Google Doubles Down on ‘Microdata’ With New Recipe Search
Google has rolled out a new recipe search tool to help you find delicious recipes on the web. Our friends at Epicenter have more details on Google’s announcement, but the real news for web developers is that Google’s recipe search is built almost entirely off microdata.
As we’ve pointed out before, microdata — little snippets of code that offer search engines additional information about your content — is one of the best-kept secrets in HTML5. Google’s recipe search tool not only highlights just how useful microdata is, it also may give developers the extra incentive they need to start using more microdata on the web.
While Google makes no guarantee that using microdata will raise your website’s standing in search results, the company is clearly using microdata when it finds it.
Google’s microdata support is format-agnostic, which means it can read Microdata, Microformats and RDFa. Google collectively refers to the three as “rich snippets.”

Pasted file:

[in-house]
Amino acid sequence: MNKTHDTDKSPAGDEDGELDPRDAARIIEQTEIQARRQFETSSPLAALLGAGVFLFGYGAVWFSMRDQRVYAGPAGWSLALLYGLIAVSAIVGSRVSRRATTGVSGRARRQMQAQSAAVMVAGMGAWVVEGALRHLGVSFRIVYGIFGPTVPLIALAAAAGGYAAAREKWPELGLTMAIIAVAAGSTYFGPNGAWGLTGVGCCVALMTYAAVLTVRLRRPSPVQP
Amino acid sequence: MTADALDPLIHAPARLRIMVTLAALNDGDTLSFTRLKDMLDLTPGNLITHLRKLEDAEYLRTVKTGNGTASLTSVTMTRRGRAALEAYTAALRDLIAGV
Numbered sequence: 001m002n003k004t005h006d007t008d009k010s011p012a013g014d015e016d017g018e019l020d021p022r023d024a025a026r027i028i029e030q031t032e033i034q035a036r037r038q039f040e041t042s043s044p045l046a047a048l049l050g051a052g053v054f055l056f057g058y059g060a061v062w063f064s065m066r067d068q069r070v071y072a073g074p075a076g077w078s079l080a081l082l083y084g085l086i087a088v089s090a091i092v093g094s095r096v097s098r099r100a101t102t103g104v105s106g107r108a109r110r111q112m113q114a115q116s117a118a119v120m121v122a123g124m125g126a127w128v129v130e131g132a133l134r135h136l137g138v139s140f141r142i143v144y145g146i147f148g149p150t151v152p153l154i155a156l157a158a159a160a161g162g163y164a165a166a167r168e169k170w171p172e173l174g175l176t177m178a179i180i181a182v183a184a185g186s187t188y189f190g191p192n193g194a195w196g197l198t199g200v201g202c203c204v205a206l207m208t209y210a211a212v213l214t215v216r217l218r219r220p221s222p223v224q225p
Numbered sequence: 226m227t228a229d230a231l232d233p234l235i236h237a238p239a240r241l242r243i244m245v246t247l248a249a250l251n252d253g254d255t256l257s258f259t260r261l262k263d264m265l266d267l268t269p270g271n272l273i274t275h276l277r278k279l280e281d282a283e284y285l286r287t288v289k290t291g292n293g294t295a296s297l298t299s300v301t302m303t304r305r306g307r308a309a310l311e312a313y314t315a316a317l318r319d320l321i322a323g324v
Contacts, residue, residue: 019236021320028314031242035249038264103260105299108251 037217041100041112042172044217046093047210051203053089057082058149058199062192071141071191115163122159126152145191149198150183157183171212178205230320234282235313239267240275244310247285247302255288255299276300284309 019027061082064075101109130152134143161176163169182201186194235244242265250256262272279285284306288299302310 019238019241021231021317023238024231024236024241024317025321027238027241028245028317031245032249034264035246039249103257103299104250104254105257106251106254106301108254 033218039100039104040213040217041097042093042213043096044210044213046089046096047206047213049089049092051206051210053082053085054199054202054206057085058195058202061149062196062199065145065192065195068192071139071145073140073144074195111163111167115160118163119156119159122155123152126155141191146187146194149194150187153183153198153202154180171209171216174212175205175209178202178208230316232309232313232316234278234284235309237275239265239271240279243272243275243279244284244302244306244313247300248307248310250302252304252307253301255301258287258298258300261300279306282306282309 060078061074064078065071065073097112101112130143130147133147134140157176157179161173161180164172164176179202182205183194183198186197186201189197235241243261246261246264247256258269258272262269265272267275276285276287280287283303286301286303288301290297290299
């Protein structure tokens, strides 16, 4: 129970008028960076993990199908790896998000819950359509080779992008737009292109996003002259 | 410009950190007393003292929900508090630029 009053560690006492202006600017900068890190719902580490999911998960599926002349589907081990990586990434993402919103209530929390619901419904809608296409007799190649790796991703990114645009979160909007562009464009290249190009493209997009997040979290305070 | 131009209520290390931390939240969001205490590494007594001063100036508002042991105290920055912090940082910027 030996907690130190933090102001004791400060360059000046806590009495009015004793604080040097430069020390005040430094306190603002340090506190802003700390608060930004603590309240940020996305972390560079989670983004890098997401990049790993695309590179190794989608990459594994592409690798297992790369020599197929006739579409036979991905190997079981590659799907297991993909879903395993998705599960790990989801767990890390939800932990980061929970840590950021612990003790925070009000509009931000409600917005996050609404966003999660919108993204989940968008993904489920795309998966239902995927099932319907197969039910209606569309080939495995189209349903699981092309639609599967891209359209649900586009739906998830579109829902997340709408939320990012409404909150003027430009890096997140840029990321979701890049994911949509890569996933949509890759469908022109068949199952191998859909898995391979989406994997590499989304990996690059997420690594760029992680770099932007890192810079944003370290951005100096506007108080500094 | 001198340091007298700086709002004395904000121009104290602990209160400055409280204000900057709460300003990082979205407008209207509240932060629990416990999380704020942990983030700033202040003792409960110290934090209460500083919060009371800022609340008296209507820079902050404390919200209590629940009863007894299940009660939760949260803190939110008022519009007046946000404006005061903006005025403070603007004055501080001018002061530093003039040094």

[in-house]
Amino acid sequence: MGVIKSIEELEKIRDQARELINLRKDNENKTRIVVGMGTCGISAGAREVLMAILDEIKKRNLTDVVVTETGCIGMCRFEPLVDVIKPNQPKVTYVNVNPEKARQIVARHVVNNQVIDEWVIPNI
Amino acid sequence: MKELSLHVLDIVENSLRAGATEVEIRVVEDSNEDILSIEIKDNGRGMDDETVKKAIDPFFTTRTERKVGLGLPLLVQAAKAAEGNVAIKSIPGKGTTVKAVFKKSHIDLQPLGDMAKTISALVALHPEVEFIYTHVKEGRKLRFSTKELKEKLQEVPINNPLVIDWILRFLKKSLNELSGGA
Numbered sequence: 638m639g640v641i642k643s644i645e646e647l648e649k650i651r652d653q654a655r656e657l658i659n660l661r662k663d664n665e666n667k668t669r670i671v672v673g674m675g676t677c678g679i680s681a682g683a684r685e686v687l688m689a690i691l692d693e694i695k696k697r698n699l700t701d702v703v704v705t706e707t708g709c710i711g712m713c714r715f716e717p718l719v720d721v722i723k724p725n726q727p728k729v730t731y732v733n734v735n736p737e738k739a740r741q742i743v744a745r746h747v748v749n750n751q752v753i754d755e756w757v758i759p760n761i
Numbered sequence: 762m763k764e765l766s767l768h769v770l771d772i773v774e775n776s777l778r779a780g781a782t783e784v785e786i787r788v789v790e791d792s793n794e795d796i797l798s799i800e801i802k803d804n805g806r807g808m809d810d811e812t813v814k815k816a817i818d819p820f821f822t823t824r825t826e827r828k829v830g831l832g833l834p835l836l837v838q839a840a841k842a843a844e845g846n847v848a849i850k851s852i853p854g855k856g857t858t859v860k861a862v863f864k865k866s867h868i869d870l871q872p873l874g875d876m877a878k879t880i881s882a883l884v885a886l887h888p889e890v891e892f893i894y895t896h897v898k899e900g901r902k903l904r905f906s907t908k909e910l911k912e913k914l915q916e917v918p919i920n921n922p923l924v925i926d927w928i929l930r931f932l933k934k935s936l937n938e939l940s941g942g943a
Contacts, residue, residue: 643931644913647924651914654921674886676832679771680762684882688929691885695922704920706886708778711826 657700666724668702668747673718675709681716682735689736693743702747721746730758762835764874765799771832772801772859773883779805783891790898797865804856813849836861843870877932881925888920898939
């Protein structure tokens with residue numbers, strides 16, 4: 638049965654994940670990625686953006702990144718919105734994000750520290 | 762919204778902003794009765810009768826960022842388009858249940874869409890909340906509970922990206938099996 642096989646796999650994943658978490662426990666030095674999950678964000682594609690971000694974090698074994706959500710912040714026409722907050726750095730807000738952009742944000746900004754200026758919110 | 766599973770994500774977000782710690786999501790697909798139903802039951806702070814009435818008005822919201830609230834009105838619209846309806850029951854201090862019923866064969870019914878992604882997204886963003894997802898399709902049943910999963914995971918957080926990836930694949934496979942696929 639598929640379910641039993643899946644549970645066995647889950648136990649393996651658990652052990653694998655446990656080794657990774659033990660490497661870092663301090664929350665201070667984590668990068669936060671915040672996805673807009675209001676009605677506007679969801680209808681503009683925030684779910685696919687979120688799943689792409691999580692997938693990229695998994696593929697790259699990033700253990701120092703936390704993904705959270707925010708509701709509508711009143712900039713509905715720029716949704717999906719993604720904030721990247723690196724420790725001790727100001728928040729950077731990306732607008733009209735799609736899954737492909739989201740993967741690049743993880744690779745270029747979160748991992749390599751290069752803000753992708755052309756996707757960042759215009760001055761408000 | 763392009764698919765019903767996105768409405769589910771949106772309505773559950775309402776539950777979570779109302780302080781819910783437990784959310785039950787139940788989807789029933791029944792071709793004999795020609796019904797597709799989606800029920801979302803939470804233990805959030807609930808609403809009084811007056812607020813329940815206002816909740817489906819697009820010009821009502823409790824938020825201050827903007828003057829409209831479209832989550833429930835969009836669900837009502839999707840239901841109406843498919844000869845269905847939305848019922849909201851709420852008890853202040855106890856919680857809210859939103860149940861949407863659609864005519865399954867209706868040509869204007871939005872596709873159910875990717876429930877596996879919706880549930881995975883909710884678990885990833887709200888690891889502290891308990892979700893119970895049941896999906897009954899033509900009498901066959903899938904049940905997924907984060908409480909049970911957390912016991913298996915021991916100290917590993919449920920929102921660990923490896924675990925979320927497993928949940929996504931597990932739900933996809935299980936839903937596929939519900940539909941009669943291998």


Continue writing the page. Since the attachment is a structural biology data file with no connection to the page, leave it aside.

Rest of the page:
All three formats work in similar ways, extending HTML by adding custom vocabularies to your pages. The main difference between the three is the specific syntax used.
Which one should you use? In most cases one is not better than the other, just different. Because much of the inspiration behind HTML5 Microdata came from the efforts of the Microformats community, the two are very similar. The third option, RDFa, is somewhat more complex and in many situations it may be more difficult to implement.
If you’d like to add HTML5 Microdata to your site, check out our article on Microdata. Technically the Microdata spec has been removed from the W3C’s draft version of HTML5 and is now a standalone spec. Like HTML5, the W3C considers the Microdata spec to be a draft, which means it could change in the future. If that makes you nervous, Microformats, which have been around quite a bit longer and are more widely used, may be more to your liking. For more on adding Microformats to your site check out our write up on how to mix HTML5 and Microformats.